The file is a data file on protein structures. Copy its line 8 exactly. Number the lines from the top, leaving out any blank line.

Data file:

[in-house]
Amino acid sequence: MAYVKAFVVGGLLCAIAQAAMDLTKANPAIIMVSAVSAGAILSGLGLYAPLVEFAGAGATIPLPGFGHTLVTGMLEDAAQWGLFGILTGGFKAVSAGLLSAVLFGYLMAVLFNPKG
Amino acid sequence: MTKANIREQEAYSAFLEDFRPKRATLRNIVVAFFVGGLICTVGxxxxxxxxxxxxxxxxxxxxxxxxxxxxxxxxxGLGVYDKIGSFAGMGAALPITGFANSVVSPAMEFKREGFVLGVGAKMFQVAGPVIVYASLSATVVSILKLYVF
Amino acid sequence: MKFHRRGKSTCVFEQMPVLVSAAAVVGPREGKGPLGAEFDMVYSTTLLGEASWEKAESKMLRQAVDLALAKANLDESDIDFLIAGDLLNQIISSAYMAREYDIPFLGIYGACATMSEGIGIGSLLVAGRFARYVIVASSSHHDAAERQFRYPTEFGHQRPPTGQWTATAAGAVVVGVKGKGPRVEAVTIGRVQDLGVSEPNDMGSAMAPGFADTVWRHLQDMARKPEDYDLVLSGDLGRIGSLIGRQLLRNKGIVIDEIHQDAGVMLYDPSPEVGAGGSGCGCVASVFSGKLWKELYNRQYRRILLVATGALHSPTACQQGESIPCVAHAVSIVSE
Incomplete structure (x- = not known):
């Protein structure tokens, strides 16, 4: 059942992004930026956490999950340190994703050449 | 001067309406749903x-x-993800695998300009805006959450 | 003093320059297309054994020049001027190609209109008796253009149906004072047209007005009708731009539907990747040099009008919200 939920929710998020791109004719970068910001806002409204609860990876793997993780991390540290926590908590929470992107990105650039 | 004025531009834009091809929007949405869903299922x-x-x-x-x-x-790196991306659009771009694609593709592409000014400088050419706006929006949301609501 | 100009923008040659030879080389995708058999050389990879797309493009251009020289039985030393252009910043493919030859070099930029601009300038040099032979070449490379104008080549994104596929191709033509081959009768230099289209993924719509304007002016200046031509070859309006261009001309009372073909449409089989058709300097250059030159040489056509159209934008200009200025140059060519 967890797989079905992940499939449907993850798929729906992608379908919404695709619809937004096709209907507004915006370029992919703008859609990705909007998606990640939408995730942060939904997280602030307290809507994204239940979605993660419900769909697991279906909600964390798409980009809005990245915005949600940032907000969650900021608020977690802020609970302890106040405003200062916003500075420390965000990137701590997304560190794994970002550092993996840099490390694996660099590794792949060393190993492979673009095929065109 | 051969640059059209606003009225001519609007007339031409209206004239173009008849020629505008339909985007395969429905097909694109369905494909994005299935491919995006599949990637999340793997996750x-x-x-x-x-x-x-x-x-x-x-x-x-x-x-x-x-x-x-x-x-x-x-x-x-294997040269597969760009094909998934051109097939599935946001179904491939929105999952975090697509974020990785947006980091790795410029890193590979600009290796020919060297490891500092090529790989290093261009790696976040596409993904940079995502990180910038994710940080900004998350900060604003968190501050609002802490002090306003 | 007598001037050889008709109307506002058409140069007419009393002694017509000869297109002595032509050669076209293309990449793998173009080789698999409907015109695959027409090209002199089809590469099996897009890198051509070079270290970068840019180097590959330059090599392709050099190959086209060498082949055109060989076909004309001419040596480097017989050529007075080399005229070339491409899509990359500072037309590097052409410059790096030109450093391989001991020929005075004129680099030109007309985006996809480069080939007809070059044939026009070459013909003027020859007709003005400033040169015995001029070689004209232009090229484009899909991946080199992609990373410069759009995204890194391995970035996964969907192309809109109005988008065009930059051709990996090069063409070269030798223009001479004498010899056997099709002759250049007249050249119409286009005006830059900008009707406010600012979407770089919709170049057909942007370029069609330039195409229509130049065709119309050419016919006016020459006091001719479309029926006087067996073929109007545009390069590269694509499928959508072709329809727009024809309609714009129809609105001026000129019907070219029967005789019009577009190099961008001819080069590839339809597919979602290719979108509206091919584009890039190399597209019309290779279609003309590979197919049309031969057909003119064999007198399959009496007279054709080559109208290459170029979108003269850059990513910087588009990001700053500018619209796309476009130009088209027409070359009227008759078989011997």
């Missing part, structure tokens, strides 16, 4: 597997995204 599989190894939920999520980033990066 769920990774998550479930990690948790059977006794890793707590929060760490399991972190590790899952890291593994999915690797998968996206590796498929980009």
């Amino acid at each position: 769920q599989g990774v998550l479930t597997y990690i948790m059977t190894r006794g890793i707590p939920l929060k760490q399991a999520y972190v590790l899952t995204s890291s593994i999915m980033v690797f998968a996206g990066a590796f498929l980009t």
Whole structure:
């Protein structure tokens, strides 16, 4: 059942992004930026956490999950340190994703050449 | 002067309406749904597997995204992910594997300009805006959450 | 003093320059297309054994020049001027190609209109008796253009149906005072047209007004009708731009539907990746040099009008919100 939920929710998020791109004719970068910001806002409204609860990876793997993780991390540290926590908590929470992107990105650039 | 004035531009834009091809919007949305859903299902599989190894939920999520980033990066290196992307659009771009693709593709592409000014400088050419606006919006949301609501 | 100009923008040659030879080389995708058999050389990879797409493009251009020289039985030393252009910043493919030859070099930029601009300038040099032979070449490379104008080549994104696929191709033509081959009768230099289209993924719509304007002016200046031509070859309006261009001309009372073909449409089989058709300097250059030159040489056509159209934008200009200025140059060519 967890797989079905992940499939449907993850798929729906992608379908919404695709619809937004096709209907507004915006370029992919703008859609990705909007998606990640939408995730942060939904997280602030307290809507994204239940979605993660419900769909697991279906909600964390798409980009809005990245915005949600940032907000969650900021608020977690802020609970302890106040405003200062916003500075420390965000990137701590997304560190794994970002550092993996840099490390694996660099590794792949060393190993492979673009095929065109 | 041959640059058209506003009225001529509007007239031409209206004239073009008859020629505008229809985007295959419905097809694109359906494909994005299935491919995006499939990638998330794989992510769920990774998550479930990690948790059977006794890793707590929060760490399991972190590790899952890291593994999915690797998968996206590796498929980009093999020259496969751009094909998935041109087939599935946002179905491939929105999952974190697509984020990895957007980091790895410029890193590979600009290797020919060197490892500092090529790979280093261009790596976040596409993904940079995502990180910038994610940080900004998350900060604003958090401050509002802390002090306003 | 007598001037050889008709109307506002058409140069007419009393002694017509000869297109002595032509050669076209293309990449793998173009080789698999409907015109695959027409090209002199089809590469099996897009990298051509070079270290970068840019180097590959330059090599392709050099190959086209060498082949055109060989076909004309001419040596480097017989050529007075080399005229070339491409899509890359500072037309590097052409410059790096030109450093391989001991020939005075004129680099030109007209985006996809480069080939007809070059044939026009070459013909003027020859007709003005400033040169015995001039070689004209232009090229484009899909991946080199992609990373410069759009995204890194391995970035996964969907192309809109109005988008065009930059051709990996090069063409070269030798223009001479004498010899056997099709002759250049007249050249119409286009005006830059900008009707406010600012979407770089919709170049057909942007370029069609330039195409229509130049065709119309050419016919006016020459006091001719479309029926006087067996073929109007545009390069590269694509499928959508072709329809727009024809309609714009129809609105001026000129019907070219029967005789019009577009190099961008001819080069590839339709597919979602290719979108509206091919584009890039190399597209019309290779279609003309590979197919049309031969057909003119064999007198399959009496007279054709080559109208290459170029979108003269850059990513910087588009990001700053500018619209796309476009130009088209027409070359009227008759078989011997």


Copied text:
């Amino acid at each position: 769920q599989g990774v998550l479930t597997y990690i948790m059977t190894r006794g890793i707590p939920l929060k760490q399991a999520y972190v590790l899952t995204s890291s593994i999915m980033v690797f998968a996206g990066a590796f498929l980009t």